Do you like black pepper? I know I do. So does my wife. I started this love affair with pepper in college when I discovered that a healthy dose of pepper could retroactively extend the expiration date of hamburger well into the next semester. My wife, on the other hand, is enamored by the taste and how it enhances the subtle nuances of many ingredients she uses in cooking, but then again she is the one who takes time during a meal to actually taste the food.

It’s always embarrassing in a restaurant when the wait staff asks us if we would like some fresh ground pepper and we say yes. Sometimes with great fanfare they bring a ridiculously oversized pepper mill to the table and start grinding. Soon they shoot us glances and finally ask with a forced smile if that might be enough or would it be rude to inquire if we’re planning to choke a horse with what they are dispensing. Well it’s never enough but we play along and say thank you. Then, when they disappear to re-load, we finish off the job with the resident tabletop pepper shaker.

This brings us hard up against a problem many restaurants don’t know they have and it’s what I call the “Large Pepper Syndrome.” Here is the scenario: restaurants refill their pepper shakers on a regular basis. They just add to the pepper that is already there. Some of the pepper flakes are too big to fit through the holes in the shaker lid so they are essentially trapped there. Over time as the shakers are refilled, more and more over-size flakes accumulate until they obstruct the holes so that hardly any pepper gets out.

About this time the restaurant notices that the pepper shakers are always full so the word gets back to the cook that the food must be too spicy or patrons would use more pepper. Sadly, this is what happened in England and it’s the

reason English food is so bland.







To counter this effect, we usually unscrew the top from the pepper shaker and tap out what pepper we need to blacken our entrée. Sometimes this tactic is not too satisfying; we do get a generous amount of pepper but if you think about it, we are dispensing the oldest pepper in the shaker. Ideally, pepper shakers should have gigantic holes to allow for the largest of flakes and we should all support legislation in this direction, which would be far easier to get through Congress than any bill to repair roads or provide health care.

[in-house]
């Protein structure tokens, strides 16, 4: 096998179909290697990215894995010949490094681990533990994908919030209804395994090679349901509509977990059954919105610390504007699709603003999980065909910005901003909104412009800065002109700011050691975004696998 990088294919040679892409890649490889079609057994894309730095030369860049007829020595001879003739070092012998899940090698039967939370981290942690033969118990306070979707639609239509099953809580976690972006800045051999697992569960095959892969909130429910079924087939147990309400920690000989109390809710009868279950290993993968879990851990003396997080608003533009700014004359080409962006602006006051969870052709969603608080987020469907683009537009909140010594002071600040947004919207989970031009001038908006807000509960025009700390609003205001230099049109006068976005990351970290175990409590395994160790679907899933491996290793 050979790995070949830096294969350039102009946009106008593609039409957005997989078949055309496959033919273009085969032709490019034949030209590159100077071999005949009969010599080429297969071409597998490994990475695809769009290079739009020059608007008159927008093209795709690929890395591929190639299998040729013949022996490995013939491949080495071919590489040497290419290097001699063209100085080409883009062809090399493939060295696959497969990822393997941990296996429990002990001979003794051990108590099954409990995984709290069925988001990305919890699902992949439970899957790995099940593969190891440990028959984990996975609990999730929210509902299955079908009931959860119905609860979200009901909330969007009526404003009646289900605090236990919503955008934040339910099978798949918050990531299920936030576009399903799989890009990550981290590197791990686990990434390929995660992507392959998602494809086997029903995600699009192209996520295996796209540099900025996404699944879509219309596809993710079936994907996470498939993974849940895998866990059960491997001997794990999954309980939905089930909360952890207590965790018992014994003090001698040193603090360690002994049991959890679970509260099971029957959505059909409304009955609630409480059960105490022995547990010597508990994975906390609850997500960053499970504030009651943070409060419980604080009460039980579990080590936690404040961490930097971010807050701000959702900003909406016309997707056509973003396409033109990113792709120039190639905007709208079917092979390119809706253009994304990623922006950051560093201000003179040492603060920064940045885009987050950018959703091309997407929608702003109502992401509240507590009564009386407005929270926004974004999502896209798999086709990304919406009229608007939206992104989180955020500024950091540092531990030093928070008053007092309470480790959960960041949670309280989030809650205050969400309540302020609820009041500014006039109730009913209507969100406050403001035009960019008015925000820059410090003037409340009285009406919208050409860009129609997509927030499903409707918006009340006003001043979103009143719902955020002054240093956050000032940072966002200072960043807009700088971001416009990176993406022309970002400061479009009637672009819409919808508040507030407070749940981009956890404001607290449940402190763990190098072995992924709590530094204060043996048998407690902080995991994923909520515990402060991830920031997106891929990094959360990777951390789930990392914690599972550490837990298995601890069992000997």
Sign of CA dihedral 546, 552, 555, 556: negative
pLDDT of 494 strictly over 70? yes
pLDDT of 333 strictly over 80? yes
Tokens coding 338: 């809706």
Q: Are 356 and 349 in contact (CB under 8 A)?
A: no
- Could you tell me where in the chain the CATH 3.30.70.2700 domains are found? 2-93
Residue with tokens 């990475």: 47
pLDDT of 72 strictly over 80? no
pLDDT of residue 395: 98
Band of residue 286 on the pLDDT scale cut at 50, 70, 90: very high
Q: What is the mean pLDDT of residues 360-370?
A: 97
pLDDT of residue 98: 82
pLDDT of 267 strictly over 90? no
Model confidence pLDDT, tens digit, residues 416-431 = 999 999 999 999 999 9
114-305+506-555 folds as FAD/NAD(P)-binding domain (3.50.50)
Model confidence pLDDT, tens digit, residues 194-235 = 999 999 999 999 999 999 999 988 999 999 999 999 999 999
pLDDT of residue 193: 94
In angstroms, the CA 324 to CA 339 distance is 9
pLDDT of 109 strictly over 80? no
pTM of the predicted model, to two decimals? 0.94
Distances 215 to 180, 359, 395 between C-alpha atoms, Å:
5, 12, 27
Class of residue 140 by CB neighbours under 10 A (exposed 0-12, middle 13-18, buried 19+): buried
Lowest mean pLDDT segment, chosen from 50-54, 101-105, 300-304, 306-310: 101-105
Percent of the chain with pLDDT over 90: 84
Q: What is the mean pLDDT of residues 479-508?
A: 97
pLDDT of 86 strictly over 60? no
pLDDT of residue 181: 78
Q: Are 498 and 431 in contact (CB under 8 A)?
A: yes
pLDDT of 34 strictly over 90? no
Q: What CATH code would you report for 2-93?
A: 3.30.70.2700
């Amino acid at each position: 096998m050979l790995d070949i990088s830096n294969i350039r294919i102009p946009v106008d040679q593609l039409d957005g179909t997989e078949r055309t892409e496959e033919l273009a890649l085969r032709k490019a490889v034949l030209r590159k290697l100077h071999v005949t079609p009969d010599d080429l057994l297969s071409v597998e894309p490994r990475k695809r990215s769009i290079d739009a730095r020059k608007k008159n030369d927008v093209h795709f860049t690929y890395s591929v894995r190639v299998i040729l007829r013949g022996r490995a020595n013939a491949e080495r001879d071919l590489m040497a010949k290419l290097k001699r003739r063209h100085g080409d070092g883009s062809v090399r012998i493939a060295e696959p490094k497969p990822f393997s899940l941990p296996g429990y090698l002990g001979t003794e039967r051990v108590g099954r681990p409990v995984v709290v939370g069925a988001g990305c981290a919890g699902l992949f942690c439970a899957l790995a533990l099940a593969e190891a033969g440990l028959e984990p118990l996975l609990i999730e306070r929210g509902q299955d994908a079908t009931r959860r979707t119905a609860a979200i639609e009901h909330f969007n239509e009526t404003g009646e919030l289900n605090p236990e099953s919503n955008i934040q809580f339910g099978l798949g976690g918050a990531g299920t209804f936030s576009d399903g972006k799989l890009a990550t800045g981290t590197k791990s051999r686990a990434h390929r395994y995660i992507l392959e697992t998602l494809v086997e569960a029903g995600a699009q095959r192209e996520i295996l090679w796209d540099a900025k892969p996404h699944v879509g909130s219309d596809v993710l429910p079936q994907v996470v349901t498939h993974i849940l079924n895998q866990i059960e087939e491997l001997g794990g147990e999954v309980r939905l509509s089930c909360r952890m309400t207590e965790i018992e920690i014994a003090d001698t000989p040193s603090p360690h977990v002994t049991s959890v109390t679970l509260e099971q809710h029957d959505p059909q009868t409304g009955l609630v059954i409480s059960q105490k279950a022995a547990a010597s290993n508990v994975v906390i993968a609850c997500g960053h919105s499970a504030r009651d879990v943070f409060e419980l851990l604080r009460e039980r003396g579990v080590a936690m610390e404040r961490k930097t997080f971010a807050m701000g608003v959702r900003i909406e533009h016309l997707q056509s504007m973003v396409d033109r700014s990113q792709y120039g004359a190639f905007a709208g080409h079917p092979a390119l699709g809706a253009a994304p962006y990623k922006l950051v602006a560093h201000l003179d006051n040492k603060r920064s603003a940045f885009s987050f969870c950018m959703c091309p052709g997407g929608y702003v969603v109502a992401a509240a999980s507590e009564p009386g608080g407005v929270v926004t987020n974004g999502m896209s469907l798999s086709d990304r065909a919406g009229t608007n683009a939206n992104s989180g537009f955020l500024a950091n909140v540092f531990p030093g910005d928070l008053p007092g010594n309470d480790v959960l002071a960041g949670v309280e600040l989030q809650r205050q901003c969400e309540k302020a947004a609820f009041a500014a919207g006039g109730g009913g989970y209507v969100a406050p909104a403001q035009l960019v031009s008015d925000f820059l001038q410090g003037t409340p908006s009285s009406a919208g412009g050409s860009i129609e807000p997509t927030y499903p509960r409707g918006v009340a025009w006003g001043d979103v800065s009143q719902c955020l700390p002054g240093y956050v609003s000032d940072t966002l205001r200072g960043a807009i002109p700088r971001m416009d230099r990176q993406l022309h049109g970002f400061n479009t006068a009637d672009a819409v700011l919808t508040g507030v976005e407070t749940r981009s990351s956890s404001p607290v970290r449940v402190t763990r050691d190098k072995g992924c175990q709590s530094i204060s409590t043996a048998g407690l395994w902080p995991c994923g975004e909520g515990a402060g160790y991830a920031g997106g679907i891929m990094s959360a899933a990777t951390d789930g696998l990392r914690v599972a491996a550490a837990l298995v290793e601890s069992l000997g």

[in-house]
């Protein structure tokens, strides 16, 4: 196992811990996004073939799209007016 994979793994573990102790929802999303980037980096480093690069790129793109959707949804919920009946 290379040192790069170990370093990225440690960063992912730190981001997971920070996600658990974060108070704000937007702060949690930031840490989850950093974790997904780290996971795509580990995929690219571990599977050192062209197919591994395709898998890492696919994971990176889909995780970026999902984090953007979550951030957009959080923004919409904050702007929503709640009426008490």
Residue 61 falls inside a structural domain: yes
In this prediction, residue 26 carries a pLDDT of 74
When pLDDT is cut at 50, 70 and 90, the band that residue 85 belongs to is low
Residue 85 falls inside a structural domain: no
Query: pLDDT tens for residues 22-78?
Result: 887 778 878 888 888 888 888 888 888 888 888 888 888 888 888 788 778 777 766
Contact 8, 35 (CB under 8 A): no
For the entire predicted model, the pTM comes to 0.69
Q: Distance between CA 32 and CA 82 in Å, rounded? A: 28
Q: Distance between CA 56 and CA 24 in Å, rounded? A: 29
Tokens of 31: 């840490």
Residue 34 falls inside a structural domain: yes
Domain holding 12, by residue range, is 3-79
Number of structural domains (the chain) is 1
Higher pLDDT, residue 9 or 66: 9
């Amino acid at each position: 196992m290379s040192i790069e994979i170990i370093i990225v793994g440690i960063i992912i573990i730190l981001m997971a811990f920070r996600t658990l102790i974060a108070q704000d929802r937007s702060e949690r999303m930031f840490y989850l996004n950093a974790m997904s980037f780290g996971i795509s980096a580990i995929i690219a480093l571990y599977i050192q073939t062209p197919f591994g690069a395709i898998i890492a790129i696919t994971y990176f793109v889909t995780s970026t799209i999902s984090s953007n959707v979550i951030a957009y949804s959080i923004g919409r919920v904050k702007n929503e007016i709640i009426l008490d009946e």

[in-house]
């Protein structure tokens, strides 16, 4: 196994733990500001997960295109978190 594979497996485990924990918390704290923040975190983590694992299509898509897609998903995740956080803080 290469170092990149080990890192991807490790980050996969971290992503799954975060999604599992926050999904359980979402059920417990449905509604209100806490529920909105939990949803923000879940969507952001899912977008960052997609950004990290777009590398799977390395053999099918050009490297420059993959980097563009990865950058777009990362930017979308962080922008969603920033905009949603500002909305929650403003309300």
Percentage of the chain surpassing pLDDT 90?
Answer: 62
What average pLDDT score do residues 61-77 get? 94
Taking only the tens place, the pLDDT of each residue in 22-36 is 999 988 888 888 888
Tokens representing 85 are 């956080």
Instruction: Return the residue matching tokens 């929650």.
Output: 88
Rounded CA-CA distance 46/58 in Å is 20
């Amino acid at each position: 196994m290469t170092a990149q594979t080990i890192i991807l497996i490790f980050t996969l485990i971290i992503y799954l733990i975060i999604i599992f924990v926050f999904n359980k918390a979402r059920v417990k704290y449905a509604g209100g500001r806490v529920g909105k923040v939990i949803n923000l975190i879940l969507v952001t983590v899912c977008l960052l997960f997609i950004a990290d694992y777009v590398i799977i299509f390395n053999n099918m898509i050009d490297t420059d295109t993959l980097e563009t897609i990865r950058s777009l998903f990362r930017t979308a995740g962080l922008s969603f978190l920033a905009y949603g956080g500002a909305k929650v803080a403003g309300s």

We can all use more pepper. The positive properties are so numerous that it’s almost hard to believe everything I read about it on the internet. Pepper seems to exhibit anti-inflammatory, antioxidant and anticancer properties. It is also suspected of being mildly antibiotic, a staunch anti-communist and an anti–gun control advocate, although there is disagreement in the research as to whether its anti-imperialism posture represents a lean to the left or to the right.

No discussion of black pepper would be complete without mentioning Ramesses the Great, the most celebrated and powerful pharaoh of the Egyptian Empire. After Ramesses died in 1213 BCE he was mummified, as was customary at the time. During this ritual, the embalming crew filled his nasal cavity with peppercorns, in theory to retain his distinctive profile. My own theory is that the process may not have been formal or solemn enough and the embalming crew, holding different political views than the deceased, attempted to condemn Ramesses to endless sneezing in the afterlife. In any case as one author puts it on the web, “He’s been dead [for 32 hundred years] and his nose still looks fabulous.”

A legitimate question that frequently arises is where did the Egyptians get the peppercorns since pepper is indigenous to India and Southeast Asia? My first impulsive answer is that they obviously acquired them at the local supermarket like we do today when we want to retain the shape of a great leader’s nose who may be undergoing the mummification procedure, but of course that is silly. Back then they would have had to procure the peppercorns at their local Indian specialty food mart.

So what have we learned here? Eat a lot of pepper, use pepper shakers with good-size holes and if you want a good- looking schnoz in the afterlife, go with the proven proboscis preserver: peppercorns.